“Great to see him,” said Ryan Hartman. “When I first saw I was pretty excited to see him back. It’s definitely a presence you know when you’re watching games, that voice you heard growing up. He looks good, looks healthy. He’s in a battle but he looks really good.”

Olczyk will also be in the booth on Thursday night when the Blackhawks host the Edmonton Oilers. Past that, he’ll play it by ear. He’s talked to NBC and Blackhawks president John McDonough, who Olczyk said gave him an “open canvas” in terms of scheduling. If Olczyk feels good on Saturday and the Blackhawks play on Sunday, he’ll try to get back in the booth.

“We think about him every day and we’ve had the pleasure of having him come by a couple of times. Having him be here today for a road game is great to know,” coach Joel Quenneville said. “But he has a tough battle ahead of him and he’s doing everything he can to fight it. We support him every single day.”

Olczyk started chemotherapy treatments in September and he has his good and bad days. Those will continue for a while. So will his fight to completely beat this. But for at least the next two nights Olczyk gets to return to a normal routine, and that’s the perfect panacea for a trying time.

“I’m overwhelmed with everybody,” Olczyk said. “But this is the best medicine I’ve had in a long time.”

Lance Bouma's second chance has meant steady work with Blackhawks

bouma.jpg
USA TODAY

Lance Bouma's second chance has meant steady work with Blackhawks

Lance Bouma took his place at fourth-line left wing as the Blackhawks rolled their forward rushes on Tuesday morning. As the Blackhawks have tinkered with their trios, Bouma, whose final two seasons with the Calgary Flames were filled with uncertainty, has found a consistent role in this lineup.

“Obviously I was brought here for a reason,” Bouma said. “Things didn’t go the way I wanted them to in Calgary. To come here to Chicago and have that role, it’s been a lot of fun so far.”

The Blackhawks knew what they wanted from Bouma and his fellow fourth liners: some physical play, some energy and if there are any scoring opportunities, bonus. It’s a second chance for Bouma, whose contract was terminated by the Flames on June 30.

“I think it’s definitely a motivator knowing that you get in that situation where all of a sudden, ‘OK, I have to almost start over again and I have to prove to a new team that I belong in this league and I can play,’” coach Joel Quenneville said on Tuesday. “There are always circumstances where teams make decisions like that. We’ve been a part of it. And moving forward as a player, you’ve gotta look at it as a fresh opportunity. It’s an opportunity to get back to playing your game.”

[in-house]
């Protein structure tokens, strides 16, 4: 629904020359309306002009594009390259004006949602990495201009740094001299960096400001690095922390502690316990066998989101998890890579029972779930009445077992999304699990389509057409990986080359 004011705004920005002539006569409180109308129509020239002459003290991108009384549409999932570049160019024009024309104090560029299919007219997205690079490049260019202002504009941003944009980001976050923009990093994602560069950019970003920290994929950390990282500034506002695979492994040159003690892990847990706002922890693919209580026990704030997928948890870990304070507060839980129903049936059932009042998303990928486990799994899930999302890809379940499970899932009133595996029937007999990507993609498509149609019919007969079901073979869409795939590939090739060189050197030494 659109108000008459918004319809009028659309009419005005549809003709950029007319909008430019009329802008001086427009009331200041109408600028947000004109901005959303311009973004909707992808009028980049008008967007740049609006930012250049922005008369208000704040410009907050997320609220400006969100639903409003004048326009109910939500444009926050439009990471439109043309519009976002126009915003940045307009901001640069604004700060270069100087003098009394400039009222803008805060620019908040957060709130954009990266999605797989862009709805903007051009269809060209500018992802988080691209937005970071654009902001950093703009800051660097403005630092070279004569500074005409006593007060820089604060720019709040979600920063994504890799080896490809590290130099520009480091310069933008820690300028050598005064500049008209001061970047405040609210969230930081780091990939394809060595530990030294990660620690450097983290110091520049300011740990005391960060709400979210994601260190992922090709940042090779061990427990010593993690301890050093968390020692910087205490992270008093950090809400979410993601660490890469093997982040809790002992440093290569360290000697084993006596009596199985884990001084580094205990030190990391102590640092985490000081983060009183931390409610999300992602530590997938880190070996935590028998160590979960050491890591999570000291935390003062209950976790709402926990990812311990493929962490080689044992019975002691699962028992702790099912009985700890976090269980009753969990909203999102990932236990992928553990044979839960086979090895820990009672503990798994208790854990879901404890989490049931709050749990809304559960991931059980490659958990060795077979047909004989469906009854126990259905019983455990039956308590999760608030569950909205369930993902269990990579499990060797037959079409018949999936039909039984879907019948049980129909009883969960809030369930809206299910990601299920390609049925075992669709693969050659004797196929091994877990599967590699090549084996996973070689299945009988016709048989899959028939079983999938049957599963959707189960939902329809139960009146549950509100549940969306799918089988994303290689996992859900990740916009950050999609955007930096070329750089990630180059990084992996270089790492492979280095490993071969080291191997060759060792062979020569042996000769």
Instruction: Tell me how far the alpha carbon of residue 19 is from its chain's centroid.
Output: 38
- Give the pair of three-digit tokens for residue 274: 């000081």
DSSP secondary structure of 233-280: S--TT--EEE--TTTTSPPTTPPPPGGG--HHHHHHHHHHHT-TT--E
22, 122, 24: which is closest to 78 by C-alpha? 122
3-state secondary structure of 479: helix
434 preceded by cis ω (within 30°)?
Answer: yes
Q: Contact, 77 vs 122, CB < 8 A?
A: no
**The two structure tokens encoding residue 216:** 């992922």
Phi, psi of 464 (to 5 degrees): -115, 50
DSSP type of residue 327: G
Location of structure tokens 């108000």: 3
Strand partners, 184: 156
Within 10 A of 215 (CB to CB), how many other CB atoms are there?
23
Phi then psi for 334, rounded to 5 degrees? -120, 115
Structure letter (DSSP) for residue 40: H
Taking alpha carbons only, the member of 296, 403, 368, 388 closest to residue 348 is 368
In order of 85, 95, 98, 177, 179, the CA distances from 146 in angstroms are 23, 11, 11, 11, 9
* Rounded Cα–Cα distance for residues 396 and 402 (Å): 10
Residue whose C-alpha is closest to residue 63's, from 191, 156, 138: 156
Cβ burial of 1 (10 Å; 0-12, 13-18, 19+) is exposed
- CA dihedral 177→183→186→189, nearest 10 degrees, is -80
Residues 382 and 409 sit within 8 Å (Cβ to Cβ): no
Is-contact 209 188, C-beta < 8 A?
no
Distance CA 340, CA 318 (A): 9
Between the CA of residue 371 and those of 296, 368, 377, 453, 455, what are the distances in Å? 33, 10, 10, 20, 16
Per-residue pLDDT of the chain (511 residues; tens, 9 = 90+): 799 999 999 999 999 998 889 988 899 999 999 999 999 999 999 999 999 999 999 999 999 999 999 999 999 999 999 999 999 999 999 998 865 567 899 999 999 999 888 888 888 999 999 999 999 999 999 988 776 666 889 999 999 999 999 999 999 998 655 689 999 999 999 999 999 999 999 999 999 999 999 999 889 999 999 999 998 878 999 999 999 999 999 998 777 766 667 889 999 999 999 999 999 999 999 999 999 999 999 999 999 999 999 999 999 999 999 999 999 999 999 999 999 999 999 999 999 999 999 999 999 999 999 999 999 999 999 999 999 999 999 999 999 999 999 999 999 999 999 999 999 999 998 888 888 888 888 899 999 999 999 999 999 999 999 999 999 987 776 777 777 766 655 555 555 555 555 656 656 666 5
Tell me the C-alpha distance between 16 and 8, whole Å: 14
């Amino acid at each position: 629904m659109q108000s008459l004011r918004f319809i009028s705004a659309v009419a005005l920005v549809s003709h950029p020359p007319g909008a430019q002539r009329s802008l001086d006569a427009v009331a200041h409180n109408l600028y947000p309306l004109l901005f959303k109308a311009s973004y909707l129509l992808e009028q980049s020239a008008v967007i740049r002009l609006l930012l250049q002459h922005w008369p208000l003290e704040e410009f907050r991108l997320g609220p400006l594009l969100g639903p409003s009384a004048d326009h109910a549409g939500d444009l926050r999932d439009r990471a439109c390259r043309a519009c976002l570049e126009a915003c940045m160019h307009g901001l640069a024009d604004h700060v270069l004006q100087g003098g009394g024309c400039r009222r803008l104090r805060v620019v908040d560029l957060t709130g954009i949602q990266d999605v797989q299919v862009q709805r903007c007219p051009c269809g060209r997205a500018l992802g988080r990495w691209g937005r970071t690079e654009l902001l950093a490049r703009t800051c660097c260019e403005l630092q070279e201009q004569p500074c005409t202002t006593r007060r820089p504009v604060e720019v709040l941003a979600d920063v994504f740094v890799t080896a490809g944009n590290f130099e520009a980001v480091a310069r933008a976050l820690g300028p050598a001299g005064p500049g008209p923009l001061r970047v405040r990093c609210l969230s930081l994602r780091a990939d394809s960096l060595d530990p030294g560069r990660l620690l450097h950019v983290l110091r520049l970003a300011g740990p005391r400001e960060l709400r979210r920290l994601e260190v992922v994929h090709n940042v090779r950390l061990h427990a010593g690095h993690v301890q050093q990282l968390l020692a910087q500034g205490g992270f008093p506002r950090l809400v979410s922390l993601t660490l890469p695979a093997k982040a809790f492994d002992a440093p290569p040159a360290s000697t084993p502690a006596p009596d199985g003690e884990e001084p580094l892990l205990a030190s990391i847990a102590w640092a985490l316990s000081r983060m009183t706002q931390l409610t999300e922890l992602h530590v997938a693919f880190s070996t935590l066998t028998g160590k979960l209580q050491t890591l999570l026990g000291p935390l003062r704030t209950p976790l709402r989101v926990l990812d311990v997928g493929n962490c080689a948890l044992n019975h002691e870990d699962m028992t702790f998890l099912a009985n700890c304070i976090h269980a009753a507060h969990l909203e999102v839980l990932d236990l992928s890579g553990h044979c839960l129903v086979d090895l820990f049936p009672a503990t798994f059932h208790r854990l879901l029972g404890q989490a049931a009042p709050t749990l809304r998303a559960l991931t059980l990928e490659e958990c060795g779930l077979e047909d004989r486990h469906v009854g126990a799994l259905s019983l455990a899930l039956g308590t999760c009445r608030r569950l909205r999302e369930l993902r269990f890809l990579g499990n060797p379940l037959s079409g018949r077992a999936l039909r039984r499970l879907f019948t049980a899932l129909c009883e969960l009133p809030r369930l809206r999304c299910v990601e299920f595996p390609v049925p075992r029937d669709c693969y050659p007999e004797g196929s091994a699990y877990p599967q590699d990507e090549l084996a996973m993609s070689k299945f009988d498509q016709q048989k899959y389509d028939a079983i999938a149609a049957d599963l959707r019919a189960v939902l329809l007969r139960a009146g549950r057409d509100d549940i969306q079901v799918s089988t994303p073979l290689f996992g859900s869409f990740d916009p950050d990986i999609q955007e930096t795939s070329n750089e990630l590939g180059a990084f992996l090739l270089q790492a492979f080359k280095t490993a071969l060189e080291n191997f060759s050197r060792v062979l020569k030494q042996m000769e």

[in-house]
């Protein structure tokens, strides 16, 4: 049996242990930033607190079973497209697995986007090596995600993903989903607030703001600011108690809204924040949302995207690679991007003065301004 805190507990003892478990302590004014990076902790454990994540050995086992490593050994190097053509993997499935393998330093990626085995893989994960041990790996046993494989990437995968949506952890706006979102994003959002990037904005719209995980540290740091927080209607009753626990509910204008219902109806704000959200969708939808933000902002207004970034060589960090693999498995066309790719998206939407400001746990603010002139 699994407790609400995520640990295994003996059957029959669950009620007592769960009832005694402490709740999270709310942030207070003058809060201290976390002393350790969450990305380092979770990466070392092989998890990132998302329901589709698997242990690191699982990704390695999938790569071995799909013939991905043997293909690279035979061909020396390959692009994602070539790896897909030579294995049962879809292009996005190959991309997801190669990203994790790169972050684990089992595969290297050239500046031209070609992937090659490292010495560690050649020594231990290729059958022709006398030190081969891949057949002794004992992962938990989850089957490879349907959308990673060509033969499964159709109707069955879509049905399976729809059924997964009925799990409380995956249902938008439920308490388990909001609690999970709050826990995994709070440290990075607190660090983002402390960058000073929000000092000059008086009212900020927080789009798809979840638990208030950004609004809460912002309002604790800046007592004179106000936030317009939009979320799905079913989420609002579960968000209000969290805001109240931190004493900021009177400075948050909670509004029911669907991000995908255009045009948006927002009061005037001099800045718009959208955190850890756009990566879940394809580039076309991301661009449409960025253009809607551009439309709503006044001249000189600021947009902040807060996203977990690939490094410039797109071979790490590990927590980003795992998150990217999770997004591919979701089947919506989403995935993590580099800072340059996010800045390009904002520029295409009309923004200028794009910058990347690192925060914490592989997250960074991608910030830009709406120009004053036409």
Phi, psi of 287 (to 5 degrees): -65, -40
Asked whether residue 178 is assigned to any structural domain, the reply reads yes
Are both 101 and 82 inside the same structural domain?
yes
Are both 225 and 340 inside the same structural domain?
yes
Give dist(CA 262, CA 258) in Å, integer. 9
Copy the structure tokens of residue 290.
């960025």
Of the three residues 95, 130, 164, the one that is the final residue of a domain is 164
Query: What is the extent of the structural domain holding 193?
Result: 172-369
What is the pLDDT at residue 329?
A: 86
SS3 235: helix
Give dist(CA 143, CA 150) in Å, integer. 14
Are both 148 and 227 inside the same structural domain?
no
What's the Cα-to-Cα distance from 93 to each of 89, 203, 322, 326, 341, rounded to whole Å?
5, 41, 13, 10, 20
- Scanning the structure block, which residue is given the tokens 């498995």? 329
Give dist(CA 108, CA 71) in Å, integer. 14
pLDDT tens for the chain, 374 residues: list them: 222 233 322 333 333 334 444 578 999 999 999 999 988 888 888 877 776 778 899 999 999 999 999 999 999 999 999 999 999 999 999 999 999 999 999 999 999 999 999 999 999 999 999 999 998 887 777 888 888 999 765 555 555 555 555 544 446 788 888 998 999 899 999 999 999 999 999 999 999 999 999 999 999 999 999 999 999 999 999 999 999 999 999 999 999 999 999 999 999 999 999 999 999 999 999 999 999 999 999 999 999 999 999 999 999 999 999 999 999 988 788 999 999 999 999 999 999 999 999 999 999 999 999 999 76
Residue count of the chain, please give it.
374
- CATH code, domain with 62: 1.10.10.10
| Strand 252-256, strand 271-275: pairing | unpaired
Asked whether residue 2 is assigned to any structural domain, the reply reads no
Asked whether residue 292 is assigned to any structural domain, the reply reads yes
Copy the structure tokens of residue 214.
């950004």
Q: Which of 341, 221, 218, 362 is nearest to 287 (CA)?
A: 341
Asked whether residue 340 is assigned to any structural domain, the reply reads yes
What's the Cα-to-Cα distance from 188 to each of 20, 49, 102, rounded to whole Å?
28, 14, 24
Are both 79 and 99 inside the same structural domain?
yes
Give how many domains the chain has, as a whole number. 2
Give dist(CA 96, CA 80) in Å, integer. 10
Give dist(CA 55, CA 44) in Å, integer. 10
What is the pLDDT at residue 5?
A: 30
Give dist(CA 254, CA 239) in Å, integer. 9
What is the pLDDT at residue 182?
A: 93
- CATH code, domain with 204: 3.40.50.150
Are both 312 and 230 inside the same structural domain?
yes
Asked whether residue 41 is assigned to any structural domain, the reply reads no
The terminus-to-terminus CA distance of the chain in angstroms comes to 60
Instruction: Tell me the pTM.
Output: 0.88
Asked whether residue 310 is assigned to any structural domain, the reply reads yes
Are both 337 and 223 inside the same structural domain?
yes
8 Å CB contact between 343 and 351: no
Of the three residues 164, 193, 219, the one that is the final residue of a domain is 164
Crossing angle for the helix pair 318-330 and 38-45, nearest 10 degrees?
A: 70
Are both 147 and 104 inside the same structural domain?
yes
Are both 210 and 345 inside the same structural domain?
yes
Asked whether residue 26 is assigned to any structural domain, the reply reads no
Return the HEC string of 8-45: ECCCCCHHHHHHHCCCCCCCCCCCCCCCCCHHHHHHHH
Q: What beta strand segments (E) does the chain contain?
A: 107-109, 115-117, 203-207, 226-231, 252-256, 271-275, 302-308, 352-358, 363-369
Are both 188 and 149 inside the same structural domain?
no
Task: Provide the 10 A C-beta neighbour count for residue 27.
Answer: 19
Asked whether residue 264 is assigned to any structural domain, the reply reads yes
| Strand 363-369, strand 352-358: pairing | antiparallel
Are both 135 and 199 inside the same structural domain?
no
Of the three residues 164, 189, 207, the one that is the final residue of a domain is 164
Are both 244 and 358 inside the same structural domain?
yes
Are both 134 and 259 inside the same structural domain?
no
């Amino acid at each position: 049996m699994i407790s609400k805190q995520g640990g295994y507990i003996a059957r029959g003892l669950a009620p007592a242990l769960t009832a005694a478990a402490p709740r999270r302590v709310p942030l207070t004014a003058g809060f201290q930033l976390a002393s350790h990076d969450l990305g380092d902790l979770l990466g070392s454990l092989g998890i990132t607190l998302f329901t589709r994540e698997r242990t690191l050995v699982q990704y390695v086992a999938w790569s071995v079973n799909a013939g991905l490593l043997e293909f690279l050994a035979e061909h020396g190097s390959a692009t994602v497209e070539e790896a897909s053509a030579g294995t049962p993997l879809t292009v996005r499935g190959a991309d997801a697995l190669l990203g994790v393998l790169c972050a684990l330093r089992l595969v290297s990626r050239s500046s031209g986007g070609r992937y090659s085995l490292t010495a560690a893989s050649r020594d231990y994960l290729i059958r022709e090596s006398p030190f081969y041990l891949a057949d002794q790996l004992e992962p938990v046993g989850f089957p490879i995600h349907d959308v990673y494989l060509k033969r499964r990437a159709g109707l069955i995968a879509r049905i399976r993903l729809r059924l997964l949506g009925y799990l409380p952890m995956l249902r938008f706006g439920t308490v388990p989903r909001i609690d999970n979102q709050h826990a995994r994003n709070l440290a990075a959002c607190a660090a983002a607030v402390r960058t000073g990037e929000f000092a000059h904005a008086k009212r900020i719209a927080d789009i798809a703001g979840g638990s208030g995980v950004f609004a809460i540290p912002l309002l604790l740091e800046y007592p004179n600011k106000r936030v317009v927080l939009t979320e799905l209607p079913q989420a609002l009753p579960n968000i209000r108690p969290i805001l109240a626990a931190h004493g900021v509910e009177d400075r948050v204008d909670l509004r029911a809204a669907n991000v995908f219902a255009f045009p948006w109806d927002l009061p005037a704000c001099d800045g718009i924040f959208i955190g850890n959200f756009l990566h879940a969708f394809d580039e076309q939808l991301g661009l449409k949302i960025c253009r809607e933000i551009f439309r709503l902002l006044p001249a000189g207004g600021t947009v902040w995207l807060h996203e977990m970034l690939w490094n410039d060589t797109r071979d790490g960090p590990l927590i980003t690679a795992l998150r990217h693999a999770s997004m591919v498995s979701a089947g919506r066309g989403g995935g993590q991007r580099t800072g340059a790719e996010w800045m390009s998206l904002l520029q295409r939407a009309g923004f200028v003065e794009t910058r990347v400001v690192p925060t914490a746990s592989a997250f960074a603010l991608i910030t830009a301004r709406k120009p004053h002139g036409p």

After recording 16 goals and 18 assists in the 2014-15 season, Bouma signed a three-year, $6.6 million deal with the Flames. The next two seasons didn’t go as planned as Bouma dealt with injuries, inconsistent play and healthy scratches. So getting that call from the Blackhawks was a huge lift.

“I was just looking forward to a fresh start and something new,” he said. “I just was ready to come into camp and have a great season and it’s been great so far.”

[MORE: Eddie Olczyk expected to return to broadcasting booth this week

Tommy Wingels, who has centered the Blackhawks’ fourth line the last several games – and will again vs. St. Louis on Wednesday – said Bouma looks “refreshed” this season.

“Obviously whether it’s a team doesn’t want to bring you back or it’s a trade or buyout, there’s certainly something that deep down gets you going,” Wingels said. “I think it was a good summer for him mentally to come to a new organization, come to a new group of guys and re-establish his game. It’s tough when you’re with the same coaches, same team for so long; maybe what you do gets taken for granted. He looks good and he’s skating really well and I think he moves really well for a big man. He’s strong on the pucks and he’s a good asset for us.

Bouma isn’t here to be a top-six player. He’s not here to fulfill a contract that he no longer has. The Blackhawks needed depth, energy and a physical presence and in brining that, Bouma has earned steady work.  

“We knew the player coming in that we wanted him to play that style and he’s done a good job of it, too,” Quenneville said of Bouma. “So it’s something we were looking for in our needs and it fit perfectly."